29 March 2020
Scientists have studied an ancient fish that, they say, shows the early origins of the bone structures found in the human hand.
The discovery was made by researchers who examined a nearly complete fossil of a fish that lived about 380 million years ago. The fish, called Elpistostege watsoni, is believed to have lived in waters in what is now eastern Canada.
The researchers say their findings provide new information about the way fish began to develop into vertebrates that could survive on land. The team of scientists from Australia and Canada reported their research in a study published in Nature.
Inside the top of Elpistostege's front fins - called pectoral fins - were small bones appearing in several separate digits: an early form of fingers. These digits would have given the fish's fin the strength to hold its weight and to move on land.
Richard Cloutier of Canada's Université du Québec à Rimouski is a paleontologist who helped lead the research. He told Reuters news agency the discovery shows clear links between the development of Elpistostege and human evolution.
"By looking at Elpistostege, it is important to realize that we, as human beings, are coming from a long line of evolution, that every part of our body, like our fingers, has a long evolutionary history," Cloutier said.
He added that such development was not only important for Homo sapiens – the species of human that exists today – but for all living organisms.
The four-legged land animals that evolved from fish like Elpistostege are called tetrapods, a group that covers amphibians, reptiles, birds and mammals, including humans. The digits of the thousands of living species of tetrapods all share the same basic structures that scientists found in Elpistostege.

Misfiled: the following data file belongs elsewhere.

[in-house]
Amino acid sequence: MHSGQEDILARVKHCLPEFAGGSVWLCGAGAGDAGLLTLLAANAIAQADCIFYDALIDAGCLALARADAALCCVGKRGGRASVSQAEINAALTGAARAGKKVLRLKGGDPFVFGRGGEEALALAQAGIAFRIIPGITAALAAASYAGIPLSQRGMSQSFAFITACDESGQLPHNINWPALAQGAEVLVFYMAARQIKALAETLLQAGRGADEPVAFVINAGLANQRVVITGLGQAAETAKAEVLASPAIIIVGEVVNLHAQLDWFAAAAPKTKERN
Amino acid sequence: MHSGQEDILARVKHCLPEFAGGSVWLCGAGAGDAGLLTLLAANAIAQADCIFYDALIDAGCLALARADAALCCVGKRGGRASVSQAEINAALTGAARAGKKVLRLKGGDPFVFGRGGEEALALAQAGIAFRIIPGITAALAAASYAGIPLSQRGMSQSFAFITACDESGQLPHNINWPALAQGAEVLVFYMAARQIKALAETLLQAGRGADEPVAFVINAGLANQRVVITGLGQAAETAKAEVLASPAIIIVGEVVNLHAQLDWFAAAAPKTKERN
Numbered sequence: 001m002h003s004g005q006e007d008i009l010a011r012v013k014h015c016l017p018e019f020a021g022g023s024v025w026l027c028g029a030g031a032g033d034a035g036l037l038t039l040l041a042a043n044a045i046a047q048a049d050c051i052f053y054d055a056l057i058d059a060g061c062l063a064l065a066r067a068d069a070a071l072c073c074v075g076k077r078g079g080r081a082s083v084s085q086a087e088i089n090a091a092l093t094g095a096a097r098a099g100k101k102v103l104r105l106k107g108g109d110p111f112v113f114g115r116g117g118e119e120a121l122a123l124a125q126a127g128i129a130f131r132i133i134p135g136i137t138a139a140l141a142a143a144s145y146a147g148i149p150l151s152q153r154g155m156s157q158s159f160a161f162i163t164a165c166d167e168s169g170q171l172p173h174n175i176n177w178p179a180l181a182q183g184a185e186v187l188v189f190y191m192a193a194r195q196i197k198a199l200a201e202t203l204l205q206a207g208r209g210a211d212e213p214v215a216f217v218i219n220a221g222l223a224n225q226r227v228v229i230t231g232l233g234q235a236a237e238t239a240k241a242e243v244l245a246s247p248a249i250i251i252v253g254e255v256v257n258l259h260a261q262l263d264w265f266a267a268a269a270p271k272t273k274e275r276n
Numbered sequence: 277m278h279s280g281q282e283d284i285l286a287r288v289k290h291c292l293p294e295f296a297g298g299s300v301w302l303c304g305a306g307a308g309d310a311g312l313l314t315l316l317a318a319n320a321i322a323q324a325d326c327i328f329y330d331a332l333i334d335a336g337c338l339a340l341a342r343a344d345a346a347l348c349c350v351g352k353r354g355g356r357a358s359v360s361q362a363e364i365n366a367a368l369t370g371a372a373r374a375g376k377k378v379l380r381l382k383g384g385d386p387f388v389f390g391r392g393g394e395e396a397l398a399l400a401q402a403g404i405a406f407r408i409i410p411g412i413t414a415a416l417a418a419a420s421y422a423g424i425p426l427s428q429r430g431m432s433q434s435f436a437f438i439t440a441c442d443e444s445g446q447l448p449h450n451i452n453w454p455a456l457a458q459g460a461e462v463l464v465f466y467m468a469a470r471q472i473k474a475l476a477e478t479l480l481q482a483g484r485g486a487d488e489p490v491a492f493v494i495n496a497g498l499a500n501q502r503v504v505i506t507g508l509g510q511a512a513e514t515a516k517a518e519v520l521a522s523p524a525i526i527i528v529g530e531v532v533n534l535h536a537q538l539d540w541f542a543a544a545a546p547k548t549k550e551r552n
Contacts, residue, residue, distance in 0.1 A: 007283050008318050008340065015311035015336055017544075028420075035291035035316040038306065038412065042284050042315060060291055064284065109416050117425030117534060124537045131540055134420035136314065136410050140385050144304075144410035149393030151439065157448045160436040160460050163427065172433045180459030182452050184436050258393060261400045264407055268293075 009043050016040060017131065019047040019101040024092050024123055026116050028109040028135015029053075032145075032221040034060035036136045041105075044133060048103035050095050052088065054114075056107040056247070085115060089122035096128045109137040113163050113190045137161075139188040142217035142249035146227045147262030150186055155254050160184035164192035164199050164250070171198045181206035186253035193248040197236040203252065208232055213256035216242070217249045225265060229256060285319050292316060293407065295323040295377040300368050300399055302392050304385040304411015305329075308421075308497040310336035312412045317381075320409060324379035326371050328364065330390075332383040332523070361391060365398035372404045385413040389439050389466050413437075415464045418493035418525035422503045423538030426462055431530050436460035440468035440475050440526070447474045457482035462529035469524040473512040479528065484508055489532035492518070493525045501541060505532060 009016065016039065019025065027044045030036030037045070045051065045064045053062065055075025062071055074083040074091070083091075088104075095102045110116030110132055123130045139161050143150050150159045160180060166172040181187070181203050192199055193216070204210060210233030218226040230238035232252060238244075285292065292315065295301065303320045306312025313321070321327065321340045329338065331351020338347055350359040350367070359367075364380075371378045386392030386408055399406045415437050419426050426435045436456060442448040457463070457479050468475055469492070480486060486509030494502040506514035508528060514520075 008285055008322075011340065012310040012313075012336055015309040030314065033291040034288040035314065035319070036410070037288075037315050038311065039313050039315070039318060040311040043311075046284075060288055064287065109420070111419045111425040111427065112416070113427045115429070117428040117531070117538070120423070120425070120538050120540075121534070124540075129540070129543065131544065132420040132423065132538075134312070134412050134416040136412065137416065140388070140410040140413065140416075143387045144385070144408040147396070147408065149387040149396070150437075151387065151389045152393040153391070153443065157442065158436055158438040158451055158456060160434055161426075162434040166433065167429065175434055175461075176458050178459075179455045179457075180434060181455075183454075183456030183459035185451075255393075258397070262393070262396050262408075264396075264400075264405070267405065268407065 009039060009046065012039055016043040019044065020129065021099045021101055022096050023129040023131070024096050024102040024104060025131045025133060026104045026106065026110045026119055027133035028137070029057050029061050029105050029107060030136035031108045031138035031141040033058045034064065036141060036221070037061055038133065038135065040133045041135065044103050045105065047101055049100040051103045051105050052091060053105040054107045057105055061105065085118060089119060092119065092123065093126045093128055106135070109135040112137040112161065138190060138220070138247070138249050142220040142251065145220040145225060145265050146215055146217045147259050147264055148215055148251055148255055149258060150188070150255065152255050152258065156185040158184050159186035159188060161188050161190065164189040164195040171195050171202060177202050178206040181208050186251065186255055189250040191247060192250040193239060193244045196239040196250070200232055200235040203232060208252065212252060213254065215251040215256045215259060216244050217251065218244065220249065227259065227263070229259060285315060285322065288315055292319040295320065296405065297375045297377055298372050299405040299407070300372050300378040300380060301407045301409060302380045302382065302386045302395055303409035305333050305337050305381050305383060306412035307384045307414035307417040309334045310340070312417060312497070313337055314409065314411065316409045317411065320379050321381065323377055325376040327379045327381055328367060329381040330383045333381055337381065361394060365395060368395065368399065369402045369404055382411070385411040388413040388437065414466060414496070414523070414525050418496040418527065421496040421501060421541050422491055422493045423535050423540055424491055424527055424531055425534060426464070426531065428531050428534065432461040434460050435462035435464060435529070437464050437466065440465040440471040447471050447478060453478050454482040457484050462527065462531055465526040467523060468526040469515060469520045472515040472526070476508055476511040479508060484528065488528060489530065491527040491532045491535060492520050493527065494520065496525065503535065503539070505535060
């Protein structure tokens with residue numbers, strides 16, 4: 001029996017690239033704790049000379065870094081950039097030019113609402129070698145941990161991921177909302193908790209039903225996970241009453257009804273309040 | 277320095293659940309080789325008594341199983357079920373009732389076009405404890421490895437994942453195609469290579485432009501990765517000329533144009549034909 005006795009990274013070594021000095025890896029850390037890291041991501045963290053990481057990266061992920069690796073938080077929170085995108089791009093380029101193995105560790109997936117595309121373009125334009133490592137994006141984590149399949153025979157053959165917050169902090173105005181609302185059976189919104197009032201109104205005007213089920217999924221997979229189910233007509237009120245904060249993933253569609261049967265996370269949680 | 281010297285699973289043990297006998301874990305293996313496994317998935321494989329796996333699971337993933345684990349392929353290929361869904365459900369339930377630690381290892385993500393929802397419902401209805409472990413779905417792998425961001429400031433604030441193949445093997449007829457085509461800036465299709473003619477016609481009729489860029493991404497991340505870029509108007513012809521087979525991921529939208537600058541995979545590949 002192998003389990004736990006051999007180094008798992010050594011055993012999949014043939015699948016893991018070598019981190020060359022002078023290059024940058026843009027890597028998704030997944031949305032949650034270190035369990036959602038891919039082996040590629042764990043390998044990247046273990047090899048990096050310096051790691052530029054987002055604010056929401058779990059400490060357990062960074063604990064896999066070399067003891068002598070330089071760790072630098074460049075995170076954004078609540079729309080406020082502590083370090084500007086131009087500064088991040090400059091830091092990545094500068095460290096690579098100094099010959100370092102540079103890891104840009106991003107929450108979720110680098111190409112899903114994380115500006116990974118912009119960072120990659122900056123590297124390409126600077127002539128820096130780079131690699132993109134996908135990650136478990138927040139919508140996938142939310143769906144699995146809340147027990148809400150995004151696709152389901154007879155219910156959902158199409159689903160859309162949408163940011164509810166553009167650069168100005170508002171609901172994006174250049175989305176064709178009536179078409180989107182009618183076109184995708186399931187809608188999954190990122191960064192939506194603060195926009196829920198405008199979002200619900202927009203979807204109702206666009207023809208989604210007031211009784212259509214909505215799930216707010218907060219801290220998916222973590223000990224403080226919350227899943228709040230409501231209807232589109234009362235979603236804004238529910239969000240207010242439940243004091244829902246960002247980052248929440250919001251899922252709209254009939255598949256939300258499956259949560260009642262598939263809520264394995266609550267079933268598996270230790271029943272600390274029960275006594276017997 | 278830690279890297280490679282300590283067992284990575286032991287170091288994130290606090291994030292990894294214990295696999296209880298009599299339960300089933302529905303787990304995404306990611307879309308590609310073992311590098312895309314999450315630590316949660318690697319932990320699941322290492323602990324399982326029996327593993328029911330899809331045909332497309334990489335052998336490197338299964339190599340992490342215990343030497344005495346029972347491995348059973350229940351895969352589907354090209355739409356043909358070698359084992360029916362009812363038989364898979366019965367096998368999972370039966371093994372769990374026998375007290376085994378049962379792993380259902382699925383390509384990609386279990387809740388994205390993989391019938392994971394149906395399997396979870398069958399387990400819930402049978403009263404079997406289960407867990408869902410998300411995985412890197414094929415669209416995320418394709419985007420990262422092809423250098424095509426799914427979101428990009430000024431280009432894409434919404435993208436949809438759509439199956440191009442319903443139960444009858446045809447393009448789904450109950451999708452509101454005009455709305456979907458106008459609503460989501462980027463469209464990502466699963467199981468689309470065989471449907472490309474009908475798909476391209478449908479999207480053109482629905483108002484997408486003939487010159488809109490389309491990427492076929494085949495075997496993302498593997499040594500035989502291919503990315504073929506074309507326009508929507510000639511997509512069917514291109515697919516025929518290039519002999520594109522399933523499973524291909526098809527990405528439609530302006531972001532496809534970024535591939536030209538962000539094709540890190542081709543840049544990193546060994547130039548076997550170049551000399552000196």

The researchers used computerized image technology to examine the 1.6 meter-long fossil. The results showed upper and lower parts of a complete pectoral fin for the first time in any Elpistostege fish, the team reported.
The process also showed the formation of wrist bones and divided digits. The digits were still contained within the fin, however, so they could not move independently like fingers, the researchers said.
Elpistostege's body was similar to a crocodile and the animal lived mainly in water. It had a flat head, with eyes at the top and many teeth around the jaw area. Its body was thin, with well-developed fins.
It is unclear whether Elpistostege sometimes moved on land. But the structure of its fins would have made this possible, said study co-writer John Long of Flinders University in Adelaide, Australia.
"This finding pushes back the origin of digits in vertebrates to the fish level," Long said in a statement. "And tells us that the patterning for the vertebrate hand was first developed deep in evolution, just before fishes left the water."
Elpistostege was known only from fossil parts until the complete set of bones was found in Canada's Miguasha National Park in 2010.
I'm Bryan Lynn.
Bryan Lynn wrote this story for VOA Learning English, based on reports from Reuters, Nature and Flinders University. Mario Ritter, Jr. was the editor.
We want to hear from you. Write to us in the Comments section, and visit 51VOA.COM.
Words in This Story
origin – n. where something begins or comes from
fossil – n. part of an animal or plant from thousands of years ago, preserved in rock
vertebrate – n. having a spine
fin – n. a thin part that sticks out from a fish's body to help with movement
evolution – n. the way in which living things gradually change and develop over millions of years
species – n. a set of plants or animals in which the members have similar characteristics to each other and can breed with each other
amphibian – n. an animal that lives both on land and in water
pattern – n. a particular way something is done, is organized or happens
jaw –n. the lower bone of the head where teeth grow